7 unique ways Christmas is celebrated around the world
Posted on 25/12/2020


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Christmas might just be the most anticipated holiday of the year. It's enjoyed by people all over the world and every community follows their own unique traditions during this festive season. Some of these rituals might be distinctly different to how Christmas is celebrated in your country, but that's what makes this holiday so special!

Feast on KFC in Japan

Feast on KFC in Japan
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You might be used to celebrating Christmas with a grand home cooked feast that includes delectable treats like roast chicken, mashed potatoes and an assortment of desserts but in Japan Christmas is done a little differently. The Japanese have made their own ritual which involves a huge bucket of Kentucky Fried Chicken. This tradition started in 1974 when KFC launched their Christmas campaign called "Kentucky for Christmas!" They introduced brand new Christmas-themed menus and it was very successful. Since then KFC has been the go to place for the Japanese during Christmas and sometimes you have to wait more than two hours in line just to get your order in.

See the Gävle Goat in Sweden

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Every year, a giant straw goat is erected at the Castle Square in Central Gävle and it is called the Gävle Goat. The straw goat has been a symbol of this holiday for centuries in Sweden, however this colossal structure was only introduced to the people in 1966. The Gävle Goat is 13 metres high and it broke the world record for being the biggest straw goat back in 1985. It is constructed in the exact same spot every single year and you can watch the whole process online! It starts from the first Sunday of Advent and the goat is taken down after New Year's day.

Celebrate Ganna in Ethiopia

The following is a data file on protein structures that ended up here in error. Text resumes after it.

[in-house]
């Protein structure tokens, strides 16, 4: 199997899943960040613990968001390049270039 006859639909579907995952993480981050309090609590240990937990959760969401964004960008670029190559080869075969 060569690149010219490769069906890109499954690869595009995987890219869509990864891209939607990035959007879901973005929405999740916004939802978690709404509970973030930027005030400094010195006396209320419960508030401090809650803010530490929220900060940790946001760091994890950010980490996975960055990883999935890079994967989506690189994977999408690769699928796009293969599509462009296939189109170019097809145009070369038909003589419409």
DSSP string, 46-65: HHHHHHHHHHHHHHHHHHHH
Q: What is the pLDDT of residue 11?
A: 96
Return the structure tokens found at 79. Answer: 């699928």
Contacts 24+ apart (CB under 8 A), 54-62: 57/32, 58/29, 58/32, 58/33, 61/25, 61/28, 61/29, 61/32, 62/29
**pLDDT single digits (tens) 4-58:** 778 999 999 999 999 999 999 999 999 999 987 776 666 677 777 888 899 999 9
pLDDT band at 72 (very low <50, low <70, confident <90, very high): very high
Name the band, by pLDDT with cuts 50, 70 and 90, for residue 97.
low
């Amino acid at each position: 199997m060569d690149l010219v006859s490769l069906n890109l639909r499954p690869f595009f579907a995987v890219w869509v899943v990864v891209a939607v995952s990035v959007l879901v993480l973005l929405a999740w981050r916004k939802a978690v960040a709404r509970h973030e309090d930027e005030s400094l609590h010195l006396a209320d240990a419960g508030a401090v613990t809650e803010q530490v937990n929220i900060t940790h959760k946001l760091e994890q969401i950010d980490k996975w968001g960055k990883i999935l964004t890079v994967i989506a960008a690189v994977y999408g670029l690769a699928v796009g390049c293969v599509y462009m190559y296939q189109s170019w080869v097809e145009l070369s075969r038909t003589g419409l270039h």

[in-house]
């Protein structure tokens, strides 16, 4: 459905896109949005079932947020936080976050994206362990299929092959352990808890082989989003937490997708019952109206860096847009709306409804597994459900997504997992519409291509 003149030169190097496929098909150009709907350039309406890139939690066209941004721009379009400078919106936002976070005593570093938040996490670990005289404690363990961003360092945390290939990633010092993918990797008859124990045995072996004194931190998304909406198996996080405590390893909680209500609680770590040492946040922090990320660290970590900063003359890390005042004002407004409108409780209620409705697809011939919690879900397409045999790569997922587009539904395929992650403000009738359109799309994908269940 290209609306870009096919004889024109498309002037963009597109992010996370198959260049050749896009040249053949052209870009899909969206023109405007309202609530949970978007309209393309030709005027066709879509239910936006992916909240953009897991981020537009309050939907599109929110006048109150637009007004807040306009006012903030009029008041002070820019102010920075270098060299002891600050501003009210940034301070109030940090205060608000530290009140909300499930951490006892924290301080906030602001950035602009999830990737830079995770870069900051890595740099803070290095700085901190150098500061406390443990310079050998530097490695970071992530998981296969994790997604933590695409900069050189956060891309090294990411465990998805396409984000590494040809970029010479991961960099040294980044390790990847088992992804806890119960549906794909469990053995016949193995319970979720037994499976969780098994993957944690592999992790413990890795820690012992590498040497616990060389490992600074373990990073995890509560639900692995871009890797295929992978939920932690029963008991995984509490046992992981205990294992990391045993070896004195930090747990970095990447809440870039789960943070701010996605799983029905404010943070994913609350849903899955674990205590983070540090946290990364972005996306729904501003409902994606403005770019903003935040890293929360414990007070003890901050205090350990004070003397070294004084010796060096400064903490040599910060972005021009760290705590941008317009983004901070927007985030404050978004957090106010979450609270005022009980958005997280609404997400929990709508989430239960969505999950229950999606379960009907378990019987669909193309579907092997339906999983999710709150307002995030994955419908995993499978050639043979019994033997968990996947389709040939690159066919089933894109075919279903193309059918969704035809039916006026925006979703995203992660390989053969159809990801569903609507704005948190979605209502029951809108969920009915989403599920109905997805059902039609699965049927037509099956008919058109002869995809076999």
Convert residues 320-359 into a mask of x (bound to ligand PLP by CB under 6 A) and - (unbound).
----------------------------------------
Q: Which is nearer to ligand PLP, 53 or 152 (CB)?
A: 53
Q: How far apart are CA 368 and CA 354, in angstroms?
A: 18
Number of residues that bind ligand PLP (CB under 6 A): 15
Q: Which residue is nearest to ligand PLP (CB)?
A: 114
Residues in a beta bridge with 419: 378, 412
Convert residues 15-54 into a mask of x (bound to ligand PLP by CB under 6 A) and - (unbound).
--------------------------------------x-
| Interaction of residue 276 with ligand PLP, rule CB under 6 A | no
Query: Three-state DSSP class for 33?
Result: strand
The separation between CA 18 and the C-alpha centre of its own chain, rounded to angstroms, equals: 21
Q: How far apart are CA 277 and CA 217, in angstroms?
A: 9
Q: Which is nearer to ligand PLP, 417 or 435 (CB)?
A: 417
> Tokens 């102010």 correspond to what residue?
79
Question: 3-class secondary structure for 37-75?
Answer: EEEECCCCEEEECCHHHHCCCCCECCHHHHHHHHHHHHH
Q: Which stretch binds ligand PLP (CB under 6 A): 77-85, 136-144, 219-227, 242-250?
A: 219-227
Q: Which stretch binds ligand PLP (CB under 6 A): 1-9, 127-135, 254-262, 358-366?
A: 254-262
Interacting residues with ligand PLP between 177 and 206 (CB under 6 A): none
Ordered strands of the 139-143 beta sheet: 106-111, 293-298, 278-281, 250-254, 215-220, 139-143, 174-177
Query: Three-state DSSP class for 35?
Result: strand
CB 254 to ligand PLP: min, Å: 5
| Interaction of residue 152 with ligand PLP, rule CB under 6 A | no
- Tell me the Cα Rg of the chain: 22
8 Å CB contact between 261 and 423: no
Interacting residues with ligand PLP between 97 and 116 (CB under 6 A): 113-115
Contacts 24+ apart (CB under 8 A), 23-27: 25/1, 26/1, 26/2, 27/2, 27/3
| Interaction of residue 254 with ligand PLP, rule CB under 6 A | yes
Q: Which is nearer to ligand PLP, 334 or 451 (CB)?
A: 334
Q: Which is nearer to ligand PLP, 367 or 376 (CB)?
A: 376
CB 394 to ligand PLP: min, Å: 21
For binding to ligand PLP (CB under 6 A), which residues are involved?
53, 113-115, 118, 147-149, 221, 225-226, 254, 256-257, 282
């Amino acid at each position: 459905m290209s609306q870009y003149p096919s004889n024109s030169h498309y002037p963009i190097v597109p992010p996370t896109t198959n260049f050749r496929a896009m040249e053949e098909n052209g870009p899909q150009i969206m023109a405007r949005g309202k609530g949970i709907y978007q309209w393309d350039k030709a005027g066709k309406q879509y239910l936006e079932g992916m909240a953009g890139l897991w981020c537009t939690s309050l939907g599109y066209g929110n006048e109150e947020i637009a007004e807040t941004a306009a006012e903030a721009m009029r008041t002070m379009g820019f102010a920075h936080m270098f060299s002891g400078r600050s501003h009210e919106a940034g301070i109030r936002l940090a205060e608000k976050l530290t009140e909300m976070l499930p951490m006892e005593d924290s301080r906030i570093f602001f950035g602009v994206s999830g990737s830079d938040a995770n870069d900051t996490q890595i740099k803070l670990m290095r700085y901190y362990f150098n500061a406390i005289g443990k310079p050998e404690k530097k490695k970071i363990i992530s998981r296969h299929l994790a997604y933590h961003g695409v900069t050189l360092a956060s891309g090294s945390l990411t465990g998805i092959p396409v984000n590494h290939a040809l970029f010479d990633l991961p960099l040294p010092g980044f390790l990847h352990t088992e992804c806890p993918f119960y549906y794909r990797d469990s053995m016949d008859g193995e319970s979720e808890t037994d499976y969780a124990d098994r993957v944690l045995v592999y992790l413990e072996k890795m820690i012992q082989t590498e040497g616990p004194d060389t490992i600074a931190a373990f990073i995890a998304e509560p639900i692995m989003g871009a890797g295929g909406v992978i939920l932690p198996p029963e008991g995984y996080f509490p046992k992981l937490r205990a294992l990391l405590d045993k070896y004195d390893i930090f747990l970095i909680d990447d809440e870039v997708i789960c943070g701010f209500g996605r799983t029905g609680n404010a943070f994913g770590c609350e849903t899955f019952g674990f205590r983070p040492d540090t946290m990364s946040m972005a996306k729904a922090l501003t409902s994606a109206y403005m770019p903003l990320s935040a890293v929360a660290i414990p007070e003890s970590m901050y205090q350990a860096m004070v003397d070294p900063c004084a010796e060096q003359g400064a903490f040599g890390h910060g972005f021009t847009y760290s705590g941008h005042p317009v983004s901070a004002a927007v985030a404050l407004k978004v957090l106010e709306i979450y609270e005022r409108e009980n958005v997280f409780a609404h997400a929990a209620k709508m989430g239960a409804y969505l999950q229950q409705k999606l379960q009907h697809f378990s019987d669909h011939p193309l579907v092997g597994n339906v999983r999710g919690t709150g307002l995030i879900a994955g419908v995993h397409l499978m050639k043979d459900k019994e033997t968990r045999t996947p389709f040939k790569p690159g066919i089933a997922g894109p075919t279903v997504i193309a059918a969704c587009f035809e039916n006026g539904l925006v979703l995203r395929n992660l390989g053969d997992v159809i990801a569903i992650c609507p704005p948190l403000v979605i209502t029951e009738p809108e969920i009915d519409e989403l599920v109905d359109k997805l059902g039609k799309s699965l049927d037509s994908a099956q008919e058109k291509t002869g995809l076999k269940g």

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Although Ethiopia has a strong connection with Christianity, Christmas is not celebrated on December 25 and it is not known as Christmas either. Ethiopians celebrate Ganna, their version of Christmas, on January 7. According to the Ethiopian Orthodox Church, this is the day that Jesus was born and hence all the festivities take place around this time. During Ganna, Ethiopians get dressed up in all white and since it is strictly a religious holiday, they spend the entirety of their day participating in special services at their local church.

Eat Christmas porridge in Finland

Eat Christmas porridge in Finland
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This Finnish tradition is small, sweet and easy to replicate at your own household if you wish to change things up this Christmas. On Christmas morning, Finnish families cook up a batch of thick porridge that is made from rice, milk and butter. They dust cinnamon over the top and then hide one almond in just one of the bowls of porridge. Whoever gets the almond will be blessed with good fortune. The Finnish then spend the rest of their time celebrating in various different ways but almost all families will end their day relaxing in a steaming hot sauna.

Visit the Giant Lantern Festival in the Philippines

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Christmas in the Philippines is a big deal and Filipinos are known to go all out for their celebrations. The Saturday before Christmas, the city of San Fernando is decorated with large lanterns that symbolize the unwavering Christmas spirit. These lanterns are called parol and the tradition of lighting up the sky with many dazzling parols started in 1904. Each year the parols have been getting bigger with more spinning lights and colours. Thanks to this festival, San Fernando is known as the Christmas capital of the Philippines. Thousands of locals and tourists flock around the city to embrace the festivities and adore the magnificent lanterns.

Attend Rooster's Mass in Bolivia

The Misa del Gallo, also known as Rooster's Mass, is an important part of Bolivian Christmas. In Bolivia, many people believe that the birth of Jesus was first announced by roosters, who were strangely awake in the middle of that sacred night. Hence on Christmas Eve, many Bolivian families attend Misa del Gallo which is a midnight mass and it is also said that a few families bring roosters to church for this special occasion. After the service everyone heads home to enjoy an incredible Christmas meal together.

Exchange books in Iceland

Exchange books in Iceland
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If you're an avid reader then you will enjoy the tradition of Jolahokaflod, or the Christmas Book Flood. During Christmas, Icelanders often exchange books as presents and this tradition started during World War II. Back then, unlike most other commodities, paper was not in short supply and so books turned out to be the only gifts that people could exchange during Christmas. This turned Iceland into a book loving country and this tradition still holds strong today. After a nice Christmas dinner, Icelanders open their presents and spend the night together enjoying their new book with a hot beverage in their hand.